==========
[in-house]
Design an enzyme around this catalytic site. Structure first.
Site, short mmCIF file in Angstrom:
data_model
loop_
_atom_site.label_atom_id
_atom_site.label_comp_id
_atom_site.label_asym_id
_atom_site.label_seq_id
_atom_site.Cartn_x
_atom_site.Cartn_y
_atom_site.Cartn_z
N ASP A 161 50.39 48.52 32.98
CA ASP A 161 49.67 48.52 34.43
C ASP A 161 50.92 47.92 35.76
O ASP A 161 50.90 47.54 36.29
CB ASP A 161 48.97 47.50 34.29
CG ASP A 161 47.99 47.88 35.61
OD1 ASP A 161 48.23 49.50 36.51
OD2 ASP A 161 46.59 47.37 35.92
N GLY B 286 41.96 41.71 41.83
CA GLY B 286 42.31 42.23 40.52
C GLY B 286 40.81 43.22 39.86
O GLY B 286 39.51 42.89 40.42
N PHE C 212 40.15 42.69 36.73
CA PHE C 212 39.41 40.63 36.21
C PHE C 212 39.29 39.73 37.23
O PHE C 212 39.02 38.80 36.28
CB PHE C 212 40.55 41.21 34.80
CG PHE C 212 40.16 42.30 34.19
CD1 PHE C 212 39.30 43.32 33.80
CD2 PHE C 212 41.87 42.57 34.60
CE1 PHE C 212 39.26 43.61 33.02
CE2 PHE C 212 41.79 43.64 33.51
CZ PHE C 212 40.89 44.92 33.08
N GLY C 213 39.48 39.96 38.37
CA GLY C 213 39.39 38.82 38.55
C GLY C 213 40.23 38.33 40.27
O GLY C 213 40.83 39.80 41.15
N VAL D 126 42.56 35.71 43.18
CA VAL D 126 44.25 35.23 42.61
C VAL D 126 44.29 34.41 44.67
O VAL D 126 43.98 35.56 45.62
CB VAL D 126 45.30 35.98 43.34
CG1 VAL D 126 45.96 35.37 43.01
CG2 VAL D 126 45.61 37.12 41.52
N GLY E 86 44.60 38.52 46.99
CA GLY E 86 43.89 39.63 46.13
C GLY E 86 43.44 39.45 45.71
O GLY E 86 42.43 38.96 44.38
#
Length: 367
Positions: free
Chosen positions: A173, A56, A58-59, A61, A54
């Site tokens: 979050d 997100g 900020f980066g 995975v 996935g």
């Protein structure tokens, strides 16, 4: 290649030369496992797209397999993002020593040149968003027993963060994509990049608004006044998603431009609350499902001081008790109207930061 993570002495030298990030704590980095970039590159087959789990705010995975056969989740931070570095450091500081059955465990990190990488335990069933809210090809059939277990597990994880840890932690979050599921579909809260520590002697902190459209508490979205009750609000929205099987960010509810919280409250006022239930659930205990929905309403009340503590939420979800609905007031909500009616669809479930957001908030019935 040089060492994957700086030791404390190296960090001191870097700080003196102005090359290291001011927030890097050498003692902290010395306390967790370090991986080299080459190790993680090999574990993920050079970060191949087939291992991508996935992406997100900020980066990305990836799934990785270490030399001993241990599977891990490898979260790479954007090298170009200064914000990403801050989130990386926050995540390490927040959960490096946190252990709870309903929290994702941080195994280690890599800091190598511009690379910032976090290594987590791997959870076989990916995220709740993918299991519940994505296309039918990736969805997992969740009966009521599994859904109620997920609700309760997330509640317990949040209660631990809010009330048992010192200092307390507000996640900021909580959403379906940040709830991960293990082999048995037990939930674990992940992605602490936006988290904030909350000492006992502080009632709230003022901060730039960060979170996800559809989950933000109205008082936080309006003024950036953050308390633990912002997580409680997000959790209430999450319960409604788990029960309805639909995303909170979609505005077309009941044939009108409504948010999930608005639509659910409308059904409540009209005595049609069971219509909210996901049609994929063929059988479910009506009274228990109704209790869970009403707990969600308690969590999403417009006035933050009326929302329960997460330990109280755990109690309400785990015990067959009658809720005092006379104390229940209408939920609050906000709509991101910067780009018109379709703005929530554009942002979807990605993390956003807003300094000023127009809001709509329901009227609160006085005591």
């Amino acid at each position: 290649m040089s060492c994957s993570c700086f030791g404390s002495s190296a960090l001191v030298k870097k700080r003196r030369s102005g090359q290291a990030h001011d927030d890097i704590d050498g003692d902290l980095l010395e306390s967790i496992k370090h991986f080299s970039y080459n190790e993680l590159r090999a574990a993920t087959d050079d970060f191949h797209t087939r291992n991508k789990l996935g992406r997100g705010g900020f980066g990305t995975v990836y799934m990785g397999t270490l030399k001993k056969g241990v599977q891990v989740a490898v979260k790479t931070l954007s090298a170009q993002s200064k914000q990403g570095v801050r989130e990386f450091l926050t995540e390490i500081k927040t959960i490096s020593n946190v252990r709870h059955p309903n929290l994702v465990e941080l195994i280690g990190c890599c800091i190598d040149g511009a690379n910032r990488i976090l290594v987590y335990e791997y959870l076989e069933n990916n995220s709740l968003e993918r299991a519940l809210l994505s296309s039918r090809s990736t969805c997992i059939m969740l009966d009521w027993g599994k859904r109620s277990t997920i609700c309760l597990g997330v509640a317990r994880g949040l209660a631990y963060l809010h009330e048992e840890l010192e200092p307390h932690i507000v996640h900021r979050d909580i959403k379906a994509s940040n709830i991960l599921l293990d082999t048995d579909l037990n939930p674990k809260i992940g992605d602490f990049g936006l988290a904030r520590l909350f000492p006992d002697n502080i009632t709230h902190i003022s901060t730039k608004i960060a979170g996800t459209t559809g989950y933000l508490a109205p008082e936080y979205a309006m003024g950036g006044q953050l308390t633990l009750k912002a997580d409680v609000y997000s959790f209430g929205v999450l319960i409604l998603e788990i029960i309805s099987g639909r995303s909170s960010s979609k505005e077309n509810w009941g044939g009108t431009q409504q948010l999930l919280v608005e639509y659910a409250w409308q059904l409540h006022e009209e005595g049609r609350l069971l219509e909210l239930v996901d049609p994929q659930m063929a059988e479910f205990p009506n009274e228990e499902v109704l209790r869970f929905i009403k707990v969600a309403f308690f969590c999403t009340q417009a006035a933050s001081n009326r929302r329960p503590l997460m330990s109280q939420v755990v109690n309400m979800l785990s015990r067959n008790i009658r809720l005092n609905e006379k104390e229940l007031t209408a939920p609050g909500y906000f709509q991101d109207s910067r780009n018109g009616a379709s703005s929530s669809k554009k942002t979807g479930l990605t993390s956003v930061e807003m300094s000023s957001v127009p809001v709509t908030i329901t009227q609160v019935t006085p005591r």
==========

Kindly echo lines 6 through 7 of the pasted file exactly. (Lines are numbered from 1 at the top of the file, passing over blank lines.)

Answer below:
_atom_site.label_atom_id
_atom_site.label_comp_id